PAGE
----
Merritt Island  Loxahatchee, Wakadohatchee and Markham Park
 The Everglades  Matheson Hammock and Castellow Hammock Parks
 Key Largo  Florida Keys  Dry Tortugas  Florida Keys II
 Key Largo to Fort Myers  'Ding' Darling and Fort Myers Beach
 Corkscrew Swamp  Babcock-Webb Preserve






Three Lakes Wildlife Management Area

Outside the hotel in Orlando we found our first Mallards!

Driving south, we stopped by a small pinewood where we admired two fine Red-headed Woodpeckers along with the much more common Red-bellied Woodpecker. Eastern Meadowlark, Blue Jay and Eastern Bluebird were also found in the wood and nearby were Sandhill Cranes and Wood Storks, as well as a Bald Eagle feeding on a large snake. A mile or so further on we screeched to a halt as the shout of 'Turkey' went up. A lone female stood in a field so we got out to view her and then noticed another seven birds further away in the same field.

Three Lakes Wildlife Management Area was our next destination and we started well as we drove in with close views of Northern Bobwhite (we got even better views here later on). This is another area of pine woodland and we again saw the habitat specialties of Brown-headed Nuthatch, Red-cockaded Woodpecker (we even saw the red cockade!) and Bachman's Sparrow. A little further on we watched a Northern Harrier soaring over open prairie and found an out-of-habitat Bachman's Sparrow. We were still hunting for another two Florida specialties with which we had had no luck so far: Short-tailed Hawk and the Florida race of Grasshopper Sparrow. Our luck soon changed however; stopping near a wood a dark-phase Short-tailed Hawk flew overhead. Unfortunately however, the second van had just stopped to watch Florida Grasshopper Sparrow. The hawk disappeared before the second van could catch up but the first van did get to see the sparrow. Unfortunately, despite having lunch overlooking the wood, the second van never saw the Short-tailed Hawk, although we did all enjoy close views of Eastern Towhees, Black-and-white Warblers, Northern Parulas, American Redstarts, Pine Warblers, White-eyed Vireos and Carolina Wrens.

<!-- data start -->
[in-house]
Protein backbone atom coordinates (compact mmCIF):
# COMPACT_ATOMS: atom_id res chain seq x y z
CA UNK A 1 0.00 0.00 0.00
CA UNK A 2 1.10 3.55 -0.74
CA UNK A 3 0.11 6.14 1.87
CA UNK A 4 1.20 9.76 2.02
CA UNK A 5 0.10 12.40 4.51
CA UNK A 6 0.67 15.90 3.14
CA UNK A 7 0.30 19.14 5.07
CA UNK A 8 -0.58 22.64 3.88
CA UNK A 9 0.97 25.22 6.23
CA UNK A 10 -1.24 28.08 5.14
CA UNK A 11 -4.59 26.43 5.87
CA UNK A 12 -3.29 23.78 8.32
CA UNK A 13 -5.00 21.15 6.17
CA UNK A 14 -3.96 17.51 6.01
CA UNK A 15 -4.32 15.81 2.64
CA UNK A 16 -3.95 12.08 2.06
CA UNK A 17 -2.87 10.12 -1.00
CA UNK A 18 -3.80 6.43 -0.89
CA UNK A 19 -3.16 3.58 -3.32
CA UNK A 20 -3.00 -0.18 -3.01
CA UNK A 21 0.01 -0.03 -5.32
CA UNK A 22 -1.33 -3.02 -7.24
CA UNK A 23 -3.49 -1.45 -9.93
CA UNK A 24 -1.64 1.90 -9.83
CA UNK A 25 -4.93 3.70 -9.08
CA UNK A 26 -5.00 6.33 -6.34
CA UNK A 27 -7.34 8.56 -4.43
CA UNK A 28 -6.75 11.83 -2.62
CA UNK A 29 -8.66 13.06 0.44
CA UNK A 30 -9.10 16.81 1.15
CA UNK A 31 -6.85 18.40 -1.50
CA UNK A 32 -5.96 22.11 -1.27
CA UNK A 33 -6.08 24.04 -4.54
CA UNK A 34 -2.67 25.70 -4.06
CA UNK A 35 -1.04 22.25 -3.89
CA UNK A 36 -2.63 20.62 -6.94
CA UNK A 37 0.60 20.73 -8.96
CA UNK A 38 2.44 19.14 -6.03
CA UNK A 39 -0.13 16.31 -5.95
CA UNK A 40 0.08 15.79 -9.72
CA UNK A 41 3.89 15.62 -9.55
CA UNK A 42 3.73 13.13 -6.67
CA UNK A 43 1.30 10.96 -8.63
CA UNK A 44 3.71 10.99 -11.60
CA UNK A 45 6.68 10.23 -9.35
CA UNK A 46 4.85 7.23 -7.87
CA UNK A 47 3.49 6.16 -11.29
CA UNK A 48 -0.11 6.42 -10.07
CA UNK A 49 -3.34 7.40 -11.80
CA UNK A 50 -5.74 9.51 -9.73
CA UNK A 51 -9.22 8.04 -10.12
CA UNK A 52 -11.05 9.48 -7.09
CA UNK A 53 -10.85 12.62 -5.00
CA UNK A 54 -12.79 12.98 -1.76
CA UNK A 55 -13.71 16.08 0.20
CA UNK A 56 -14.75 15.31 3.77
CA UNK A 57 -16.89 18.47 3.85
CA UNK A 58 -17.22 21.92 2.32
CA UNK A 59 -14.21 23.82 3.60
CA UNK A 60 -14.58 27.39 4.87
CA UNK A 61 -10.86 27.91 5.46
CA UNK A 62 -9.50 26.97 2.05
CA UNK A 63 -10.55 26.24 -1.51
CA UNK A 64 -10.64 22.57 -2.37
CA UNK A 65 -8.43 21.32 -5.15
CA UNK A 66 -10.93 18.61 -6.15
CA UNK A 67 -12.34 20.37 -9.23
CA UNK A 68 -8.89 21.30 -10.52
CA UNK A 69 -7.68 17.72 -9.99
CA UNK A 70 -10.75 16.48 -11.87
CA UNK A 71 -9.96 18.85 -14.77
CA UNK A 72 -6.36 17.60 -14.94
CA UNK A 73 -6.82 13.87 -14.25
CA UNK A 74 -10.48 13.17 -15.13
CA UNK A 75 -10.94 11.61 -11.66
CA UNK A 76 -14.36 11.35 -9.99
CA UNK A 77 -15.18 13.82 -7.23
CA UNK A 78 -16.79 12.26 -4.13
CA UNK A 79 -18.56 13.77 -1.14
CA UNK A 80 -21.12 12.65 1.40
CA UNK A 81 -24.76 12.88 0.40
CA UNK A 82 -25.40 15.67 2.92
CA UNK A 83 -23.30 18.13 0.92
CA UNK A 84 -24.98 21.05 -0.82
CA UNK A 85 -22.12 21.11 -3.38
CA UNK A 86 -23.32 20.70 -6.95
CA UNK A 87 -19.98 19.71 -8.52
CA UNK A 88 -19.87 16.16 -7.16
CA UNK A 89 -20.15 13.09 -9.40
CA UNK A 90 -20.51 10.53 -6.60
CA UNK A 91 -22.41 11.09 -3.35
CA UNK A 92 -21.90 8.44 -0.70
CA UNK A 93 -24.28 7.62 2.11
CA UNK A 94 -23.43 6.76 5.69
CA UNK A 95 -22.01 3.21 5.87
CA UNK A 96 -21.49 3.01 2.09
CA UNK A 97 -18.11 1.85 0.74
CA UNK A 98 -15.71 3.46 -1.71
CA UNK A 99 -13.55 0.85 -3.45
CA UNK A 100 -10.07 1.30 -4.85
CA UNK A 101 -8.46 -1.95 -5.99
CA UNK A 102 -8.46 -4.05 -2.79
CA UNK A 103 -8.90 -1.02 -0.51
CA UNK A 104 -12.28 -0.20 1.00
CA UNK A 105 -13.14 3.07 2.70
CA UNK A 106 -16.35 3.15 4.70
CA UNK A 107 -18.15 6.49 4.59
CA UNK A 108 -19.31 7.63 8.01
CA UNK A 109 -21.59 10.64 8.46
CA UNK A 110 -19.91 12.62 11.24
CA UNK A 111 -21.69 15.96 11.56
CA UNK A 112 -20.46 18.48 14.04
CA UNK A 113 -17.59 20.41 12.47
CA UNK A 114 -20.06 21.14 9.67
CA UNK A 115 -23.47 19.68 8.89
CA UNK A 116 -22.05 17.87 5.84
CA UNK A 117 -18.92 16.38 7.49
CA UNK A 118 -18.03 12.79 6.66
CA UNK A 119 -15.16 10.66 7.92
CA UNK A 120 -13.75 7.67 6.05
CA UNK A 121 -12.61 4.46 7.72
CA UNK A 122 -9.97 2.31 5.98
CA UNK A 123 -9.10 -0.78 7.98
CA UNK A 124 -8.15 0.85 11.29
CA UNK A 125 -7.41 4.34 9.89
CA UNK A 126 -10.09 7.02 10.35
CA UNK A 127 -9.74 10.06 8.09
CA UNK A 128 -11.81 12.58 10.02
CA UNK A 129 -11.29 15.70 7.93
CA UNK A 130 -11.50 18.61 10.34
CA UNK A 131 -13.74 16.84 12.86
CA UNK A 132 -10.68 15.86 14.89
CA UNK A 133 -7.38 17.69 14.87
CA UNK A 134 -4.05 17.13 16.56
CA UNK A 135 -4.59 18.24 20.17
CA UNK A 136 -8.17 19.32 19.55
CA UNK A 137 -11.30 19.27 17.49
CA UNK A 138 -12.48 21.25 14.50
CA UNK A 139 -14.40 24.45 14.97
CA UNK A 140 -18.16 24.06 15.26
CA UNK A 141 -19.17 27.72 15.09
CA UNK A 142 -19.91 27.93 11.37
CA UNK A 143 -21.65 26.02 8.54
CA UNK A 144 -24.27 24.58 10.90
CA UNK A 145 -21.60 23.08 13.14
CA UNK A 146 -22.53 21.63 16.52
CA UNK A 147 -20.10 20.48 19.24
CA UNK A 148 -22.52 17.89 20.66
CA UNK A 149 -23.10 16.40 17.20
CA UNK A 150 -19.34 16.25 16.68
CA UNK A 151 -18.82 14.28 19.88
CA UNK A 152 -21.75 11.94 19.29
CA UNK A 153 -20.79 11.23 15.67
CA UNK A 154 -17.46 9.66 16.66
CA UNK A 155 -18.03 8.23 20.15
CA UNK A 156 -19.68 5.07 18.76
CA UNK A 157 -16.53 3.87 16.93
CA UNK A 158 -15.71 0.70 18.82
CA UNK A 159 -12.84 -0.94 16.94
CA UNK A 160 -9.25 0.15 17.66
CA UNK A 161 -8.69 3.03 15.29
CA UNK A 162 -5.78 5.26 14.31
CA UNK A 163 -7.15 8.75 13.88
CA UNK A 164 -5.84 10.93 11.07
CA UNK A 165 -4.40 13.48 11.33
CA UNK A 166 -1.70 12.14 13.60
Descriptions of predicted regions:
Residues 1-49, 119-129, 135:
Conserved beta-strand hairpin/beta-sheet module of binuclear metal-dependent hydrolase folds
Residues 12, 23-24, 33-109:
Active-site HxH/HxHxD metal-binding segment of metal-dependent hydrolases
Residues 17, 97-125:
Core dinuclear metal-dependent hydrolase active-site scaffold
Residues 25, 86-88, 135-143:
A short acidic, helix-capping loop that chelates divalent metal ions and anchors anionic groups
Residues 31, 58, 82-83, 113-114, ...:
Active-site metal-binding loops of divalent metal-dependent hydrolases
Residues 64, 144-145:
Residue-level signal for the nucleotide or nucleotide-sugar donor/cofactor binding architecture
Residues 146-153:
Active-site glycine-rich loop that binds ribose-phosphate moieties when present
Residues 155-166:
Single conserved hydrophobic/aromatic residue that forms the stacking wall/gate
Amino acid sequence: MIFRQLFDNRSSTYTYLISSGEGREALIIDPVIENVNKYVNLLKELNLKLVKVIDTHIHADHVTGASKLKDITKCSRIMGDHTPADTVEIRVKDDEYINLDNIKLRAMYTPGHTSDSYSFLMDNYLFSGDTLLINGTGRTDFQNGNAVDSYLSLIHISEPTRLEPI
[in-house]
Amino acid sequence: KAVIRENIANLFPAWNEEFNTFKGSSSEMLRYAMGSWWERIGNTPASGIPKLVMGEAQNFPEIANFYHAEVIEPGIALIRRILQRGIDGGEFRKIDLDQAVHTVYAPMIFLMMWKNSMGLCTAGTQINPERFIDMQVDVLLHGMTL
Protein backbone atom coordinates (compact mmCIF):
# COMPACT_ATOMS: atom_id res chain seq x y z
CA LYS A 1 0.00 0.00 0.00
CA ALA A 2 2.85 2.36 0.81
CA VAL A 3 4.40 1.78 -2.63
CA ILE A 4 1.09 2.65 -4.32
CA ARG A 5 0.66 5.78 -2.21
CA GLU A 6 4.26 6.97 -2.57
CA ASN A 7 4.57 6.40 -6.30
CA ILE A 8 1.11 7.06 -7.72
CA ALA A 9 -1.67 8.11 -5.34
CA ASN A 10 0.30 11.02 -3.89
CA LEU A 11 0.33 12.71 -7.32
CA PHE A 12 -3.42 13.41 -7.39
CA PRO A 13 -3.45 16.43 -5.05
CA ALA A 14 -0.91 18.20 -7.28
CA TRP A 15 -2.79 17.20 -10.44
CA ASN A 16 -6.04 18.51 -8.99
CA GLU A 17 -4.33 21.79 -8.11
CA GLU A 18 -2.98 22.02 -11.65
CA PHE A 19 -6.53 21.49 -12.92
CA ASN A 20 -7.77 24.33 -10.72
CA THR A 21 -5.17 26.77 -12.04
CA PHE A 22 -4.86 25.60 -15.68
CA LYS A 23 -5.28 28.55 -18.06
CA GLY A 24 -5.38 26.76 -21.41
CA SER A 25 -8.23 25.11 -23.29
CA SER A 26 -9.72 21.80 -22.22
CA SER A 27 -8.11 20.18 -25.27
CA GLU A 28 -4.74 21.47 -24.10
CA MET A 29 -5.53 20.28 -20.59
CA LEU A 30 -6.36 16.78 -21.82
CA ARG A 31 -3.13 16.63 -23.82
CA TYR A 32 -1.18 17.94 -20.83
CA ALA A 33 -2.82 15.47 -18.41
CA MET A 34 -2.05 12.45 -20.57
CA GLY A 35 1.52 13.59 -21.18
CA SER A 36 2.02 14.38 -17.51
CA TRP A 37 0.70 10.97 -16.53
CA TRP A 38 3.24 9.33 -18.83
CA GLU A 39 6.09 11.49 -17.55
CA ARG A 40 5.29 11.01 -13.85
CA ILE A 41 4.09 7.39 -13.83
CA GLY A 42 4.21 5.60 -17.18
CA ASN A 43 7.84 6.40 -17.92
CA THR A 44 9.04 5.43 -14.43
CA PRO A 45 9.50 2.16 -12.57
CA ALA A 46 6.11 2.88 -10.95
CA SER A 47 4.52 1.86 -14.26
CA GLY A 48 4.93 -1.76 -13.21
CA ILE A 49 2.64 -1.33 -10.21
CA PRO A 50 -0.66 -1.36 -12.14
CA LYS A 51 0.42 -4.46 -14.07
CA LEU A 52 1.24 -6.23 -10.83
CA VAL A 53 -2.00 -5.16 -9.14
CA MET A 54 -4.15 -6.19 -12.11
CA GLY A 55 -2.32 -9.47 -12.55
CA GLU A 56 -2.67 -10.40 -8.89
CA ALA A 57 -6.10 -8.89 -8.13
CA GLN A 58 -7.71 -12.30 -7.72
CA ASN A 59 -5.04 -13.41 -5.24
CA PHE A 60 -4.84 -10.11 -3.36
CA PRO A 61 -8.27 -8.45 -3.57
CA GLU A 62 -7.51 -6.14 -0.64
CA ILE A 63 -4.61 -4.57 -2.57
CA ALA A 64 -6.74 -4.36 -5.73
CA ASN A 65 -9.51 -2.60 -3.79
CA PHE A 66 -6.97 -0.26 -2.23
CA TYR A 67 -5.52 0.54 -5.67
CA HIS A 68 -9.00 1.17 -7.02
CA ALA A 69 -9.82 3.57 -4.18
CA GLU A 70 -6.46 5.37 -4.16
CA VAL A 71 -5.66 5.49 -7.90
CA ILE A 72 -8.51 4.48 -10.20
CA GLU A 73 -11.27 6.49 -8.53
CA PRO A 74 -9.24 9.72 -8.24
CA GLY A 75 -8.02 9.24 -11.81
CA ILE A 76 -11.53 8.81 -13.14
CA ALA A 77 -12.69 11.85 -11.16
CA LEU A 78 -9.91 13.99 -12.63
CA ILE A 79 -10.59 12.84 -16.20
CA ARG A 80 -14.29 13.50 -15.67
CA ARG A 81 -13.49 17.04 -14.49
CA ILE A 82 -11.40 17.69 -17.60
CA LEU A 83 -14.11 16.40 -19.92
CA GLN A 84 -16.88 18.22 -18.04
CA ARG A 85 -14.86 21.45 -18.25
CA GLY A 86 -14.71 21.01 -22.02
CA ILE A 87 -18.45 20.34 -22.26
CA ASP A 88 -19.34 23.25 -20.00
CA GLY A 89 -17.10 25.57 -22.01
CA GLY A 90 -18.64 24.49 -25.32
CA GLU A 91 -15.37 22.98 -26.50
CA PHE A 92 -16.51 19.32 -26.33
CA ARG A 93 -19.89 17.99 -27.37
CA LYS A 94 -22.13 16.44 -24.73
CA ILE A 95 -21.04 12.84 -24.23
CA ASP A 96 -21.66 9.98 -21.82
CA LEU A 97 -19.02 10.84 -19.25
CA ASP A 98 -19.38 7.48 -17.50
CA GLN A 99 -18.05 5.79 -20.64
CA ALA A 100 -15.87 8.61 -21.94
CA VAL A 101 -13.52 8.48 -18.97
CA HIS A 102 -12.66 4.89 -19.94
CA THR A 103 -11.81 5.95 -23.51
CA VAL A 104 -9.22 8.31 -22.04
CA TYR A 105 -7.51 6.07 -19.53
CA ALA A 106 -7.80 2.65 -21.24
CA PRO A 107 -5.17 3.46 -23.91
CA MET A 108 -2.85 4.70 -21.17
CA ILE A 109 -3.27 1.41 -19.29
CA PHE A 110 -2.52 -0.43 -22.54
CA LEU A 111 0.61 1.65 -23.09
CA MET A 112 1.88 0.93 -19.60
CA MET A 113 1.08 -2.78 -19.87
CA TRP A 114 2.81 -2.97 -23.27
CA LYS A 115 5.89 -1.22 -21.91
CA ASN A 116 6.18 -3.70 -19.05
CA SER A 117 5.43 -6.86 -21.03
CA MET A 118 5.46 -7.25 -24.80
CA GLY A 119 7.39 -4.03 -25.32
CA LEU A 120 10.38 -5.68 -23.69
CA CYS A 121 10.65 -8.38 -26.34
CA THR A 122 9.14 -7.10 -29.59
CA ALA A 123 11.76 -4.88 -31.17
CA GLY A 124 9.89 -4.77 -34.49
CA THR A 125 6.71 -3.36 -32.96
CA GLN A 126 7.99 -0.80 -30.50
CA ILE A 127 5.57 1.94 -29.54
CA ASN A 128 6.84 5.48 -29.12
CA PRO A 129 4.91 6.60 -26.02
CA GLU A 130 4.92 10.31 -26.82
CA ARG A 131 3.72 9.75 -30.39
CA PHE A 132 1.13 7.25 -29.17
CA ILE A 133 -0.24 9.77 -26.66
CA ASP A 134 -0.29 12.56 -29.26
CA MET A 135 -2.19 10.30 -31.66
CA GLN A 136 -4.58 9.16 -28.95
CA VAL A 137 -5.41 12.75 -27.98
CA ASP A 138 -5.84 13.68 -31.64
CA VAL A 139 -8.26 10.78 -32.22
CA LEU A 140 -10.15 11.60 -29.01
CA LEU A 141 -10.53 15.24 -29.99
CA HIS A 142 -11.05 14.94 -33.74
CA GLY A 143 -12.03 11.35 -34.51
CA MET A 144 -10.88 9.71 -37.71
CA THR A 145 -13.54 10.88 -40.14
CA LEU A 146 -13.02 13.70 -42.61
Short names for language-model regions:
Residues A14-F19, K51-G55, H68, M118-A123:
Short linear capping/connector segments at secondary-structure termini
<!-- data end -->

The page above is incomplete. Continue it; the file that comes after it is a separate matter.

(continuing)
After lunch, we drove the road to Kissimmee Lake and back. On the way out, we found two more Wild Turkeys, 11 Sandhill Cranes and another Northern Bobwhite, whilst on the way back, when we stopped to check the place we'd seen the turkeys on the way out, a Yellow-throated Warbler flew in and started singing, much to everyone's delight.

The final stop of the day was at Brinson Park, the bulk of which is a huge lake. 'Scoping the area, we found a flock of 24 Ring-necked Ducks, eight scattered Pied-billed Grebes, two American Coots and a pair of Wood Ducks. Also present were Double-crested Cormorant, Great Blue Heron, Forster's Tern, Black-necked Stilt, Osprey, nesting Sandhill Crane, Purple Martin, Northern Rough-winged Swallow and two Monk Parakeets.

WE were back at Brinson Park next day getting in some last-minute birding before the flight home. We saw nesting Sandhill Crane, and even had cranes walking in the road and people's gardens! We had an adult and two juvenile River Otter, the pair of Wood Ducks (this time with three young), at least ten Ospreys, Swallow-tailed Kite, the usual herons and egrets and two Monk Parakeets again. The end of Birdfinders' first (but surely not the last!) Florida tour where we had seen all the specialities and much more and enjoyed a great time with a marvellous group.

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